18 20

Jason Kipnis. He leads all players not named Harper or Trout in WAR (4.8) and is making his 2014 regression (0.8 WAR) look like a major fluke.

19 21

Clay Buchholz. He’s the only player (3.26 ERA/2.62 FIP) keeping a generally awful starting rotation from the abyss.

20 27

Chris Sale. Baseball’s most dominant first-half pitcher and someone who the White Sox shouldn’t trade, even if he’d fetch a massive haul in return.  Baseball’s most dominant first-half pitcher and someone who the White Sox shouldn’t trade, even if he’d fetch a massive haul in return.

21 18

Yovani Gallardo. With a 2.62 ERA, the right-hander should fetch the spinning-their-wheels Rangers a decent prospect at the trade deadline.

22 19 Shelby Miller. Miller's 2.38 ERA and 1.15 WHIP established him as an All-Star and ensured the Braves undoubtedly won the Jason Heyward trade.
23 22

Nelson Cruz. Unfortunately, his 21 home runs and .308/.373/.546 line haven’t translated into much offensive success for one of baseball’s biggest first-half disappointments.

24 21

Justin Upton. He's the only offseason big-ticket acquisition to actually play up to his potential this season.

25 25

Sonny Gray. His 2.04 ERA leads the American League and is only bested by Zack Greinke’s 1.39 mark.

26 24

Todd Frazier. In a lost season for the Reds, Frazier (.922 OPS) has taken his game to the next level and given Reds fans reason to cheer all year, including his chilling Home Run Derby performance.

27 28

Nolan Arenado. The 24-year-old established himself as a bonafide offensive star (.926 OPS, 24 HR, 70 RBI) to go with his awesome defense.

28 26

Adam Lind. A .292 AVG and .887 OPS has helped stabilize the lineup.

29 29

Dee Gordon. I wanted to give it to Giancarlo Stanton (.952 OPS), but Gordon's 122 hits, .338 average and good defense has been a welcome addition to the Marlins.

30 30

Cole Hamels. Hamels has been a stud (3.63 ERA, 1.22 WHIP, 9.49 K/9) and will bring a big return back to the Phils...if their front office is smart enough to trade him.

Feeding off their defense, Cubs starting to feel those 2016 vibes

Feeding off their defense, Cubs starting to feel those 2016 vibes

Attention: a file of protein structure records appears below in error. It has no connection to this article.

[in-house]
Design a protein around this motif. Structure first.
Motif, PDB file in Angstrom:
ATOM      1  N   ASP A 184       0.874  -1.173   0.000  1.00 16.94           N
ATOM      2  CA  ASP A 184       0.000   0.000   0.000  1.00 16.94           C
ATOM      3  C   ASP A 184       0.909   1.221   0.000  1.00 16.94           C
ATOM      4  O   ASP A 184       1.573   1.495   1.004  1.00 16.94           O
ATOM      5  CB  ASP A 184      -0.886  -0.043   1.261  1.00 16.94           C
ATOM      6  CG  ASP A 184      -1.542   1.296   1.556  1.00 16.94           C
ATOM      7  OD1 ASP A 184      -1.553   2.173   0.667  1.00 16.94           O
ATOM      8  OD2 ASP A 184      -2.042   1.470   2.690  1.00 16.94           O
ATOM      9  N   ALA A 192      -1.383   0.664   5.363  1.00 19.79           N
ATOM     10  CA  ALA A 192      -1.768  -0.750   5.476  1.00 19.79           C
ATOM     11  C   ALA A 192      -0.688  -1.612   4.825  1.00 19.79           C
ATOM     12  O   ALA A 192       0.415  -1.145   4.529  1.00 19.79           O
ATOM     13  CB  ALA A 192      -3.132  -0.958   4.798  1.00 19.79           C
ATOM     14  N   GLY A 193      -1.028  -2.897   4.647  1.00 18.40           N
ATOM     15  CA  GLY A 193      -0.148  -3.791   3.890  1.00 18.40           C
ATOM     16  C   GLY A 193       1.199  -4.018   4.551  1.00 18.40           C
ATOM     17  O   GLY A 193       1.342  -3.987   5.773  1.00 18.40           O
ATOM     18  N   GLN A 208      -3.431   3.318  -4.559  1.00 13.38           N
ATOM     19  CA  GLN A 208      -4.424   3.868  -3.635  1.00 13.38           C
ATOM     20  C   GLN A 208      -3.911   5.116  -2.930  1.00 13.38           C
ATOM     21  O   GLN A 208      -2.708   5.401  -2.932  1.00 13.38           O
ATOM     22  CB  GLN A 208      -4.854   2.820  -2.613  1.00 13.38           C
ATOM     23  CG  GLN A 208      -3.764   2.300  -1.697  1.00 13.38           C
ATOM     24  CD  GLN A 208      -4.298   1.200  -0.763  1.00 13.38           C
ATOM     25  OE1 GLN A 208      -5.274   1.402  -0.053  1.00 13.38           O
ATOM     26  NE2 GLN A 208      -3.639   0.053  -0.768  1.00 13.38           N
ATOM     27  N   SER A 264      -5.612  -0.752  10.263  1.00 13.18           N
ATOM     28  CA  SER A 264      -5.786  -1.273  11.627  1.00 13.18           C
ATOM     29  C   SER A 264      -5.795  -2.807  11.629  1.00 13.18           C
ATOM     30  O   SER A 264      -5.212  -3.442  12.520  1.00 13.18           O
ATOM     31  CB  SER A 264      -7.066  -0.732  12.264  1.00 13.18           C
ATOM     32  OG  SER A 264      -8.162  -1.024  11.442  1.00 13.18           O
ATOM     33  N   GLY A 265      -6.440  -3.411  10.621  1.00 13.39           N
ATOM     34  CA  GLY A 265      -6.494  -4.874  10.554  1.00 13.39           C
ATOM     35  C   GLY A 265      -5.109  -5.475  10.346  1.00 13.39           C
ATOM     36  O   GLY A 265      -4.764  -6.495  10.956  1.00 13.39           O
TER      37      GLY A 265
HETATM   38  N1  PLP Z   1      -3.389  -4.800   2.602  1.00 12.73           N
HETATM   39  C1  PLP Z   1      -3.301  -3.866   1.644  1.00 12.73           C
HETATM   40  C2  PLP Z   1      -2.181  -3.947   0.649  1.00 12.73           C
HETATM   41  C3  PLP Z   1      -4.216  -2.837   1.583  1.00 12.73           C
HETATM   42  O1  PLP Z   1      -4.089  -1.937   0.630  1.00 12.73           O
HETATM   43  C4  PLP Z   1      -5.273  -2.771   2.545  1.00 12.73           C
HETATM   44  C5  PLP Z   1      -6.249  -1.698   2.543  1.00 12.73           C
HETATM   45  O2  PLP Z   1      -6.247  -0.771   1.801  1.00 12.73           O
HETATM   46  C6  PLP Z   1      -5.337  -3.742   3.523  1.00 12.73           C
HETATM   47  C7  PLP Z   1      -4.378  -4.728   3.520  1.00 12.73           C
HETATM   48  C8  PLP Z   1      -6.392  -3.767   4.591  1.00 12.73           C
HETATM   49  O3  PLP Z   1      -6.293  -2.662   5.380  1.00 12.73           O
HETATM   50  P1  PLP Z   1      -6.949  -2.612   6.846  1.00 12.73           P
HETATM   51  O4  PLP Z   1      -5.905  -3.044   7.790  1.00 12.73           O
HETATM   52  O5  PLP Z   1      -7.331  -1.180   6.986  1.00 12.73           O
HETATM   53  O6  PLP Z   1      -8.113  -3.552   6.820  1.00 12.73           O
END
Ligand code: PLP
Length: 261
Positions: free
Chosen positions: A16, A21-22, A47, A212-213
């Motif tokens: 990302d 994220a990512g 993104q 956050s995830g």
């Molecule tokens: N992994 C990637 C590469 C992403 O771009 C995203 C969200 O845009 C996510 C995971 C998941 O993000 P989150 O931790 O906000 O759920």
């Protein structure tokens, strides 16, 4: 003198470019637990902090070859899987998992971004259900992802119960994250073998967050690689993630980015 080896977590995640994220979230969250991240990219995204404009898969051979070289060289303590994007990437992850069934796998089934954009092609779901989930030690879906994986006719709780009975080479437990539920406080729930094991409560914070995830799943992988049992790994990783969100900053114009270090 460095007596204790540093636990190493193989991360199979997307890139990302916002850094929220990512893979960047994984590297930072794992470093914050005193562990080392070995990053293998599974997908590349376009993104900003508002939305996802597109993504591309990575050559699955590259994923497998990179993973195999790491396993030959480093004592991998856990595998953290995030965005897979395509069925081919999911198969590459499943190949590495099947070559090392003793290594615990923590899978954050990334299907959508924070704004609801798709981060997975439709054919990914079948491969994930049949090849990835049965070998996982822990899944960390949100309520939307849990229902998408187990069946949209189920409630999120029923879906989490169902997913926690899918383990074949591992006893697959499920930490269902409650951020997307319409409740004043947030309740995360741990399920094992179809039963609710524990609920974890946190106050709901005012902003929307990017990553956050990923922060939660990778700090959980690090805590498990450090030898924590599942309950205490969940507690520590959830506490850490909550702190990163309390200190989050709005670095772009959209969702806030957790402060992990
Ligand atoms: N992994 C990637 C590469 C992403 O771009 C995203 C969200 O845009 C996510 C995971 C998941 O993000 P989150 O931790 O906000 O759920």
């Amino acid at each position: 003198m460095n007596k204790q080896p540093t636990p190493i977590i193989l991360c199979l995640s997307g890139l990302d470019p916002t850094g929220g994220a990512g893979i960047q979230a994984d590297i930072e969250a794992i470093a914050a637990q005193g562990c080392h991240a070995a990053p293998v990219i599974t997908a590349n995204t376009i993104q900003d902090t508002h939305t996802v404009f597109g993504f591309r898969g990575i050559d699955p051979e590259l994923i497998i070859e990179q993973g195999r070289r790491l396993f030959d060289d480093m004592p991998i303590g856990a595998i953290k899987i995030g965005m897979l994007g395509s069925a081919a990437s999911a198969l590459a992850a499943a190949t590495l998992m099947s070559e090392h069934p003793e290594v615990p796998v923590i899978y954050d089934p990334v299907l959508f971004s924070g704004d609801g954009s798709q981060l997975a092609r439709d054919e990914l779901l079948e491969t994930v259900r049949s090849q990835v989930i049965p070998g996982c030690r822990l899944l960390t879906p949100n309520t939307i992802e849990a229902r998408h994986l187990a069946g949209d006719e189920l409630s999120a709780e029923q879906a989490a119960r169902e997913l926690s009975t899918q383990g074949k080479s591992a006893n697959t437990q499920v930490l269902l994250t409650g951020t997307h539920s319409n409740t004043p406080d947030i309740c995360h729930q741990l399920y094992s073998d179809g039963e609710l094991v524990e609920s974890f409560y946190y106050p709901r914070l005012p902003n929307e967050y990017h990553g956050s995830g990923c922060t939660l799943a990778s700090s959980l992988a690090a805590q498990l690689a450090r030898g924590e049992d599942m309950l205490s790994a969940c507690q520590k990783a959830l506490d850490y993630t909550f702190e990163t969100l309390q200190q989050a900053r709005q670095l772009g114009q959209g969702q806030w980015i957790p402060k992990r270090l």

A year ago, the Cubs were struggling to float above .500, sitting 1.5 games behind the first-place Brewers.

Two years ago, the Cubs were10.5 games up on the second-place Cardinals in the division and already in cruise control to the postseason.

As they entered a weekend series in Cincinnati at 42-29 and in a tie for first place, the Cubs are feeling quite a bit more like 2016 than 2017.

The major reason? Energy, as Joe Maddon pointed out over the weekend.

That energy shows up most often on defense.

The 2016 Cubs put up maybe the best defensive season in baseball history while last year they truly looked hungover.

After a big of a slow start to 2018, the Cubs are feelin' more of that '16 swag.

If you watched either of the wins against the Los Angeles Dodgers this week at Wrigley Field, it's clear to see why: the defense.

"I like the defense," Maddon said of his team last week. "I'm into the defense. There's a tightness about the group. There's a closeness about the group. Not saying last year wasn't like that, but this group is definitely trending more in the '16 direction regarding interacting.

"If anything — and the one thing that makes me extremely pleased — would be the continuation of the defense. We've fed so much off our defense in '16. We've been doing that more recently again. We do so much good out there, then we come in and it gets kinda electric in the dugout. I'd like to see that trend continue on defense."

The Cubs scored only 2 runs in 10 innings in the second game against the Dodgers Tuesday night and managed just 4 runs in the finale Wednesday. Yet their gloves helped hold the Dodgers to only 1 run combined between the two games.